“We can find no evidence that air pollution levels observed from 1974 to 1994 had a detrimental effect on either excess hospital admissions or time spent in hospital,” concludes the report in the academic journal Environmental Modelling & Software.

According to McKitrick, even if all forms of air pollution miraculously disappeared from Ontario over night, there would be no noticeable decline in the death rate. Claims of a massive death toll do not stand up to scrutiny.

Fans of wind power can blow all they like, but 9,000 people do not die every year because of coal-fired electricity.

Peter Shawn Taylor is editor-at-large of Maclean’s. He lives in Waterloo.

17 thoughts on “Air pollution death toll claims just blowing smoke

  1. McKitrick is bang on. Among the foolishness propagated is that from the Ontario Clean Air Alliance. Jack Gibbons and his merry band of truthbenders have boiled this down to a ridiculous linear equation: X deaths per GWh of coal generation. Such a metric is so bogus it defies description.

  2. McKictrick’s information also reveals that subsets do exist where certain locations and certain conditions do cause problems with an increase in respiratory illness. (i.e. suburbs near major freeways or shipping ports etc.) These subsets, however should be exactly that, subsets, and not the basis for nationwide policy. Now how are the OMA and RNAO going to withdraw this claim and not look foolish in the process??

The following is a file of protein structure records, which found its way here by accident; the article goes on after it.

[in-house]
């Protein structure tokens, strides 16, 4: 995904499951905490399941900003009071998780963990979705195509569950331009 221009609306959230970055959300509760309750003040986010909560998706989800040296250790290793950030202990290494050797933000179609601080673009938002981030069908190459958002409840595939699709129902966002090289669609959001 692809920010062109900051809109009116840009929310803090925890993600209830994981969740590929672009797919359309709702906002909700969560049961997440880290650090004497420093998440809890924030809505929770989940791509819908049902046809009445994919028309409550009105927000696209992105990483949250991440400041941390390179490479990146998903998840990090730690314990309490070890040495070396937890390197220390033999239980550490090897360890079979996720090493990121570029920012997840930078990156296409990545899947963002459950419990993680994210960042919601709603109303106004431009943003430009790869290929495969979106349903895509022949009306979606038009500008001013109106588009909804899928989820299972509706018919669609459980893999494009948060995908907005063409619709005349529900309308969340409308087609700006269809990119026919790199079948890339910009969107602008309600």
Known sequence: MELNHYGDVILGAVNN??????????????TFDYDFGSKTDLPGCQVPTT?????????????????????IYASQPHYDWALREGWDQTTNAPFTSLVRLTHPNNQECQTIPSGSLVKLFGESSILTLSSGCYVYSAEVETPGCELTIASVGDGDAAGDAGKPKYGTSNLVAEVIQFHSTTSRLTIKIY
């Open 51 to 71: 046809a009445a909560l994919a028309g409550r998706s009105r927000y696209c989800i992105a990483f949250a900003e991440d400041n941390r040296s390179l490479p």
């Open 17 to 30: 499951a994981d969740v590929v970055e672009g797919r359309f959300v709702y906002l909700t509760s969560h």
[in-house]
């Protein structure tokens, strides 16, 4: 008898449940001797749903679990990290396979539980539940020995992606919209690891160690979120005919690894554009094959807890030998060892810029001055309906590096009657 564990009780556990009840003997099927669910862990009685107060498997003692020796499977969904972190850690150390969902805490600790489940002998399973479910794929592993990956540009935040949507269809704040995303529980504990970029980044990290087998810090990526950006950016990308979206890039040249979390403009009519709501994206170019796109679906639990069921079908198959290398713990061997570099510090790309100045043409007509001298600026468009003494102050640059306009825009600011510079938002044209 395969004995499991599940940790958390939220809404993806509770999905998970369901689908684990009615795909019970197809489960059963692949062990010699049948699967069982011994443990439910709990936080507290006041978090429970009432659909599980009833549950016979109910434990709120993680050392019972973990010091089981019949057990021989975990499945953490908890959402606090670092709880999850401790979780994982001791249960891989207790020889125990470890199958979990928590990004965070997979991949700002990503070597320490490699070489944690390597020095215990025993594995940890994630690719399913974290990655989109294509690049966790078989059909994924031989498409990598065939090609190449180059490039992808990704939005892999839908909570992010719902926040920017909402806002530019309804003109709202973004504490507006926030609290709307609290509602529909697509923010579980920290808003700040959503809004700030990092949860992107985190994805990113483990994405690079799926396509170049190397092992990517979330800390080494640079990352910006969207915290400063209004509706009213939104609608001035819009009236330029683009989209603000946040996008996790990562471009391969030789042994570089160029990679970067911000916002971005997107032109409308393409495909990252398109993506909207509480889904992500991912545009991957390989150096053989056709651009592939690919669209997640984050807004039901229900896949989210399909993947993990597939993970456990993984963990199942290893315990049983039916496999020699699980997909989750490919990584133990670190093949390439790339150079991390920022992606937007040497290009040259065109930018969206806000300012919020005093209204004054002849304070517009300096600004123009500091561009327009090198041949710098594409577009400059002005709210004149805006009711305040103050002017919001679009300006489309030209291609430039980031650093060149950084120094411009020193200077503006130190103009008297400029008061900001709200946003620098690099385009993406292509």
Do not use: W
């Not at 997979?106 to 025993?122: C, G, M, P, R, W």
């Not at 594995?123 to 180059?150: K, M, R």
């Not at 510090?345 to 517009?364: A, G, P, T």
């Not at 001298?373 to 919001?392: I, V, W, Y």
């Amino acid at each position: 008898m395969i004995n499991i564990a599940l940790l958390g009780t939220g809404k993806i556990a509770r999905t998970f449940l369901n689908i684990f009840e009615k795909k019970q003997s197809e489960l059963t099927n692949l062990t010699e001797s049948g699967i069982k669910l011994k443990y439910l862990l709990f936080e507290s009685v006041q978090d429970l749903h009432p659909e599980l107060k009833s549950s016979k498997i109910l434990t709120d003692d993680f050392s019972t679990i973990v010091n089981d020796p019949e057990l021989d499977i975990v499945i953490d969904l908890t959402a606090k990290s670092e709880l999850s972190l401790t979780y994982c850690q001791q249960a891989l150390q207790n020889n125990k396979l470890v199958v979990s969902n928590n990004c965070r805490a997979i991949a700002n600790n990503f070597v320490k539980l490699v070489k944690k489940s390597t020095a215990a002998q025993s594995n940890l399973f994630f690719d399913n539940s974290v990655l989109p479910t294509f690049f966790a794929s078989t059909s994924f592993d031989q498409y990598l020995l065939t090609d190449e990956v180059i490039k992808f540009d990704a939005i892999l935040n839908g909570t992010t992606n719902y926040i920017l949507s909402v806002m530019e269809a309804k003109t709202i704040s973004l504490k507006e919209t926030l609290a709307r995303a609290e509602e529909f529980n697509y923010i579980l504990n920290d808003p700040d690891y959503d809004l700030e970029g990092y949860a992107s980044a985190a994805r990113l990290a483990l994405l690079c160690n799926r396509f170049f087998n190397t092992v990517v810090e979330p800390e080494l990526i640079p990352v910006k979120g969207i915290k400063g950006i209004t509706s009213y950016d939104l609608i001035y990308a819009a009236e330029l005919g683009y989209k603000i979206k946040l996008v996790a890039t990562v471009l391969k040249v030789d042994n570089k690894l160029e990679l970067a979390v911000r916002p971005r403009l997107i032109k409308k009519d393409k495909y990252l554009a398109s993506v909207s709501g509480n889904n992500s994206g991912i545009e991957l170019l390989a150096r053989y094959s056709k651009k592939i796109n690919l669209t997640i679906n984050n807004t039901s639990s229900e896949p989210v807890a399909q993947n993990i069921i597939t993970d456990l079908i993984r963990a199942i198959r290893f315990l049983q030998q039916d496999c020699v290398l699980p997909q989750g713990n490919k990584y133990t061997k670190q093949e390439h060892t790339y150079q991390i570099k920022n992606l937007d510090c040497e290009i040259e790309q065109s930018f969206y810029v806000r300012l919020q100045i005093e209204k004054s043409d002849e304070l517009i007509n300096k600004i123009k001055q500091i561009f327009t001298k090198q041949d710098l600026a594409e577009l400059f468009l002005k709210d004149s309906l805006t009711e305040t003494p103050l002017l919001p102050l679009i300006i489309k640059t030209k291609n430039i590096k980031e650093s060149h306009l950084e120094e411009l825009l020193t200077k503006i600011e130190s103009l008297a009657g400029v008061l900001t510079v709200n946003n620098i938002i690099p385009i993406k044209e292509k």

3. Making such unfounded statements about death attributable to coal pollution, OMA and RNAO are making the mistake of not counting the health/mortality risks of the alternatives after the coal plants are shut down. We can’t just turn off 25% of our power supply. If this McGuinty gov’t is truly concerned about advocating on behalf of human health, as opposed to just jumping on the green bandwagon, they ought to have considered the impact on health from green energy policies that increase unemployment and triple the cost of electricity for families that are already having trouble making ends meet. Only now are we learning how expensive these green policies have become and to continue with this kind of mandate is putting Canada at risk for major unemployment as is the case in Spain were for every green job they invested into, 2.2 jobs in other sectors were lost.

  4. Maybe CANWEA, McGuinty, Duguid, OSEA,Suzuki, WWF, Sierra among all the other NGO’s involved in touting this line in their main “sales pitch” to eliminate coal-fired generation must be having fits and starts now that their main excuse for eliminating coal has been dashed!